19 February 2015 at 6.02pm | 6 Comments
Do you know who wrote the original story for Swan Lake, most famous of classical ballets? Well, neither does anybody else. The programmes for the original performances in 1877 gave no clue as to either author or sources – which, frustrating as it might be, has left the field open for those who like to speculate. It’s also contributed to the ballet’s fluidity; probably more than any other work in the art form Swan Lake has inspired a multitude of different readings, from Matthew Bourne’s male-swan version to Darren Aronofsky's film Black Swan.
The easiest question to answer is over the identity of those uncredited authors at the 1877 premiere – almost certainly Bolshoi Theatre artistic manager Vladimir Petrovic Begichev and dancer Vasily Fedorovic Geltser, likely with input from composer Pyotr Il’yich Tchaikovsky. The original story requires quite a bit of exposition that is not very ballet-friendly, and has been cited as one of the reasons that the ballet failed to take flight in its original staging. In this version, Odette is hiding from her wicked stepmother with her grandfather, a sorcerer. He allows her to roam at night disguised as a swan, and has given her a protective tiara. She falls in love with Siegfried; he betrays her at a ball; she refuses to forgive him and Siegfried angrily snatches the charmed crown off her head. The stepmother seizes her chance and sends a wave that sweeps the lovers to their deaths.
The story was simplified for the 1895 production that has gone on to become the primary source for all classical productions of the ballet today. Begichev and Gelster worked together to hone the ballet's narrative, this time with contributions from Tchaikovsky’s brother Modest (Pyotr Il’yich having died in 1893). This pared-down story has a crucial difference from the original in its sympathetic depiction of Siegfried. He’s now tricked into his treachery by an Odette-like apparition sent by Von Rothbart, the evil sorcerer who has Odette cursed as a swan. There’s the same denouement of death by lake, as Odette and Siegfried fling themselves into its waters to escape Von Rothbart’s power.
All this is very well – but where did that accursed swan maiden come from? The legend of the shapeshifting swan maiden is a long-standing folkloric trope that has countless manifestations. She is most commonly pursued by a mortal man, whose relationship with the swan maiden represents a weakening of her power. There’s no evidence to suggest whether one version in particular inspired the 1877 libretto, but the one most commonly proposed is German writer Johann Karl August Musäus’s story Der geraubte Schleier (The Stolen Veil) – one of the many versions in which the swan maiden’s power is held by a veil, which is stolen from her by an amorous mortal.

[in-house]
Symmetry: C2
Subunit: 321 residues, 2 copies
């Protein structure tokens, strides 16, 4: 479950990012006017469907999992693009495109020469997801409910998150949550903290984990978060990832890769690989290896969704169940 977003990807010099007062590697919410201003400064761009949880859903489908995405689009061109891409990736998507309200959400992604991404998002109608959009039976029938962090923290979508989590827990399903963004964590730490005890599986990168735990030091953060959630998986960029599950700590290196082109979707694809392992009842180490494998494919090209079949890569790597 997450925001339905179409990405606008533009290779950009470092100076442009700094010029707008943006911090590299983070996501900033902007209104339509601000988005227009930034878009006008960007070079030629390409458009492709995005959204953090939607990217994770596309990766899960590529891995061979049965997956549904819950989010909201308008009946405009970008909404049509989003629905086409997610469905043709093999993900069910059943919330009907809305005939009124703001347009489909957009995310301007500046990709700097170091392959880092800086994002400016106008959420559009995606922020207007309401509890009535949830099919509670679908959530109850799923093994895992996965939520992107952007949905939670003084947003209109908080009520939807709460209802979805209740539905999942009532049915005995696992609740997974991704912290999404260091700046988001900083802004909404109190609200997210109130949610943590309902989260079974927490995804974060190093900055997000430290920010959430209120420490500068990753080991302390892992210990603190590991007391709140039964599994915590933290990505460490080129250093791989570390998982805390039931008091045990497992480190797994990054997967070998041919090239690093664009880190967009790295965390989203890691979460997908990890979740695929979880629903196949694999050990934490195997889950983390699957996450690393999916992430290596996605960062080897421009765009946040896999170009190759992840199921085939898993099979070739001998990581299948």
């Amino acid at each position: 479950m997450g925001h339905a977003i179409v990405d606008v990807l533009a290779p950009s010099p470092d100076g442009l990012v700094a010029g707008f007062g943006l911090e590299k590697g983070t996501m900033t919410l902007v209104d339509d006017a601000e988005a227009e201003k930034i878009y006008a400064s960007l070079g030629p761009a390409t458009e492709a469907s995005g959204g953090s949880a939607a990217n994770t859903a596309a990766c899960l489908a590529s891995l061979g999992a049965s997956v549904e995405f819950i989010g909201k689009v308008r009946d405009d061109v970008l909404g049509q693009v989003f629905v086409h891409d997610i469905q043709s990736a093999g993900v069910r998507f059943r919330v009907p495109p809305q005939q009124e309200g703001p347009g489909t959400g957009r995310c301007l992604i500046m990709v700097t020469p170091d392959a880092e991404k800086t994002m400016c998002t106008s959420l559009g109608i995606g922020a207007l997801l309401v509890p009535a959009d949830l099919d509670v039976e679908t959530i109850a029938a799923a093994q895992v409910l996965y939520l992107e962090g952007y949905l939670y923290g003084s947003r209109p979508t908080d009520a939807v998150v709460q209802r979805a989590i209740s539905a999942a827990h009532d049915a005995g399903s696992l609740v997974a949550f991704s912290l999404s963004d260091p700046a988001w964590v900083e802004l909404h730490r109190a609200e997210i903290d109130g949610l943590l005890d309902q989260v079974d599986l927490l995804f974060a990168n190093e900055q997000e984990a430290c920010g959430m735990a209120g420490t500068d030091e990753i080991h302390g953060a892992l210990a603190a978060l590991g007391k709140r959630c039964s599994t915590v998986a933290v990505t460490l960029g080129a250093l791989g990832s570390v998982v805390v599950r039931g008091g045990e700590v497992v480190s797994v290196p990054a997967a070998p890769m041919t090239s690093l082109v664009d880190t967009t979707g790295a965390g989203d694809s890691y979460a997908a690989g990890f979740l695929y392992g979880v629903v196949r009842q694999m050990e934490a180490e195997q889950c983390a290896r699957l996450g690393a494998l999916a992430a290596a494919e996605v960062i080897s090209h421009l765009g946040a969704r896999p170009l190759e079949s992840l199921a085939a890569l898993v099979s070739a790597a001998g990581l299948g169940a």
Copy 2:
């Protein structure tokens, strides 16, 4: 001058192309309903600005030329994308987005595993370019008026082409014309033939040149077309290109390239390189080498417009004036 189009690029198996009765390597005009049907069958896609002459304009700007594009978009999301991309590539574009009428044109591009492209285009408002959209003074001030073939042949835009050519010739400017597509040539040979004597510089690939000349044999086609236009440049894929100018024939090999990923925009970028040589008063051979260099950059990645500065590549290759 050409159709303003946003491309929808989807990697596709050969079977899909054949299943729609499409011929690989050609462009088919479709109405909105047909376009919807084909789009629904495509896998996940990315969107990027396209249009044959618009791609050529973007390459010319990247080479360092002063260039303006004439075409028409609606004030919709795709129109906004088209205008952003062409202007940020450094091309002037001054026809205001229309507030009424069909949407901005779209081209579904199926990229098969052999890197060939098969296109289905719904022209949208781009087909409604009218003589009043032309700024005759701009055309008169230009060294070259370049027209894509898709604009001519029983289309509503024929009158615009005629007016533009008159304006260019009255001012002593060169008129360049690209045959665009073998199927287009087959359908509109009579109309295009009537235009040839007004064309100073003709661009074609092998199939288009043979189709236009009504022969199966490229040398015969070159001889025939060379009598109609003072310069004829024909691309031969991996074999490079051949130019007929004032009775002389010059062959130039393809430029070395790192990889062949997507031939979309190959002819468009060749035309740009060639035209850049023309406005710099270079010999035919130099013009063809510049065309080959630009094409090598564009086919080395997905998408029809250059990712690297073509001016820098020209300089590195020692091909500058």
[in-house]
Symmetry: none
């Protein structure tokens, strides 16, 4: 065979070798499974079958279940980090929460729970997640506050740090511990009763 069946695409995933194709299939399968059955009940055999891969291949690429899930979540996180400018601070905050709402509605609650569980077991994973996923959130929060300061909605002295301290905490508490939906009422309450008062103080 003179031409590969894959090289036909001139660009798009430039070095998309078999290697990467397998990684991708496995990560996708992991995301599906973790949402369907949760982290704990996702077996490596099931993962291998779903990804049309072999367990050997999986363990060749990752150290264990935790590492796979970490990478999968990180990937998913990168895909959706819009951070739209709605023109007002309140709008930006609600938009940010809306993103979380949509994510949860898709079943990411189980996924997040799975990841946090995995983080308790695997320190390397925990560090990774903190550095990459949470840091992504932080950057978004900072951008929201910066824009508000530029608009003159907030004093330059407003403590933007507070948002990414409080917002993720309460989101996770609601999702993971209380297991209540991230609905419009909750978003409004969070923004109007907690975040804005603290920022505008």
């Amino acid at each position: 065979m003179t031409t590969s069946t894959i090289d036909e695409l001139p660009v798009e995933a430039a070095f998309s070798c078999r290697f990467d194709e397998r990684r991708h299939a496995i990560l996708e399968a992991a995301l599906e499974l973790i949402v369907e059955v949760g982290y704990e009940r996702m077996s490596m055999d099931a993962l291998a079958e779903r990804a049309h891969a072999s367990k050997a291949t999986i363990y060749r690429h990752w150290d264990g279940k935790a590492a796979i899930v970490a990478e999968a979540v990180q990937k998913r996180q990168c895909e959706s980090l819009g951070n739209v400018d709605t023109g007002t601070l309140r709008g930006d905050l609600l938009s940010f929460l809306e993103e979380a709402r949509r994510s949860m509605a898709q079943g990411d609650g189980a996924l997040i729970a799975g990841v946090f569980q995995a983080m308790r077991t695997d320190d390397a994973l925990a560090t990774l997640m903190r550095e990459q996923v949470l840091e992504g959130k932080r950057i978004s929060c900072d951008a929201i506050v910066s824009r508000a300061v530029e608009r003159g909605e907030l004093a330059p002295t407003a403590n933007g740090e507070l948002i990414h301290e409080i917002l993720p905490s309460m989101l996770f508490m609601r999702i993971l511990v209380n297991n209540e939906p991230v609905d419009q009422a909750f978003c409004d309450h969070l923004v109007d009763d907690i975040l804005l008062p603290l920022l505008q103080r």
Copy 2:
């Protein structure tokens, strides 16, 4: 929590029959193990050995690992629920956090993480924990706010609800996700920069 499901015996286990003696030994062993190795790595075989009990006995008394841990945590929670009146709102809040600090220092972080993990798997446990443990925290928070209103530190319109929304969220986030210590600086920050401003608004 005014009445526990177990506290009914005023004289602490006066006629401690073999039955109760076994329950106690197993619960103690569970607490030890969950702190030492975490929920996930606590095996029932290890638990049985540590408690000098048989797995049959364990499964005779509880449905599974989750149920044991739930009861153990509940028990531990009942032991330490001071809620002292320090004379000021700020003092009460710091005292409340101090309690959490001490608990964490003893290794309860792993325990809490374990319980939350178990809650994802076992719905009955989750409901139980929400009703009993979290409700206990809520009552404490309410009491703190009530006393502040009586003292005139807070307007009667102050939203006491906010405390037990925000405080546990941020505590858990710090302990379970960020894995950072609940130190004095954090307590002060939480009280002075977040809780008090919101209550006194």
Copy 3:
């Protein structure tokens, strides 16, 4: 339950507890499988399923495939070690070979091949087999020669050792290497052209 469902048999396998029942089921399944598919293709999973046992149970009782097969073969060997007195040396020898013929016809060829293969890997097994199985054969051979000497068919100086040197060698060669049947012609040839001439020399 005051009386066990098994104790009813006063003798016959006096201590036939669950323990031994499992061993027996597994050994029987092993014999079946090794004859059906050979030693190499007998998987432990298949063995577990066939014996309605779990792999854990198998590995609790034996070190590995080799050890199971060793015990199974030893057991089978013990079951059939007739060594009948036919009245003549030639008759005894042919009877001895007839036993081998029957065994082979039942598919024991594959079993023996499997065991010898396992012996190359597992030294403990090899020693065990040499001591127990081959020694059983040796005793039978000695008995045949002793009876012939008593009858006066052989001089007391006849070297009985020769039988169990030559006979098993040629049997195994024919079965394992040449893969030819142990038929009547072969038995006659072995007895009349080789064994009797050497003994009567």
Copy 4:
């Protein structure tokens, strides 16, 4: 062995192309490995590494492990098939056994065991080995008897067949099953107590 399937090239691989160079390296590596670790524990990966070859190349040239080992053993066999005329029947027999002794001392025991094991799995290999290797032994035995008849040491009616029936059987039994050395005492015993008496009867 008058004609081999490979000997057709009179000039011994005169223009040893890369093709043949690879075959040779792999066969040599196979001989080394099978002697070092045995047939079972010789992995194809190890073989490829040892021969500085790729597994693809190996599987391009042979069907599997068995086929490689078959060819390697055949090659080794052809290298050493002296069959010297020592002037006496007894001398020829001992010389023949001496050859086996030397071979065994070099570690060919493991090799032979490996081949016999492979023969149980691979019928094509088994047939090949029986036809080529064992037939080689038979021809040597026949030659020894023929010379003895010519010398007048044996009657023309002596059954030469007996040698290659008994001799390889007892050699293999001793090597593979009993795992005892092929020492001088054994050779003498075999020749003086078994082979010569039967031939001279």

Another potentially influential myth is that of the water nymph Undine or Melusine. She, like the swan maiden, appears in countless stories, many of which share elements with Swan Lake – a love triangle, where Undine’s mortal lover is distracted by another; and the watery end, as the water nymph returns to her lover to give the kiss of death. Undine had been given a new lease of life in Friedrich de la Motte Fouqué’s 1811 novella (inspired by writings of Goethe and Paracelsus, among others) – iterations that followed included Hans Christian Andersen’s The Little Mermaid and Aleksandr Pushkin’s 1830s unfinished verse drama Rusalka (and even Gilbert and Sullivan’s 1882 fairytale-cum-political satire Iolanthe). Tchaikovsky had been working on an Undine opera at the time he wrote Swan Lake, and recycled some of its music in the ballet.
As it stands, there’s no known precursor that exactly matches the story for Swan Lake. Perhaps we should consider it the amalgam of a number of different European and Russian folktales, collaboratively concocted by a small group at the Bolshoi. Whatever their sources, together they produced one of the most enduring stories in ballet history.
The production is given with generous philanthropic support from Celia Blakey, John and Susan Burns, Doug and Ceri King, Peter Lloyd and Gail Ronson. Original Production (1987) and revival (2000) supported by The Linbury Trust.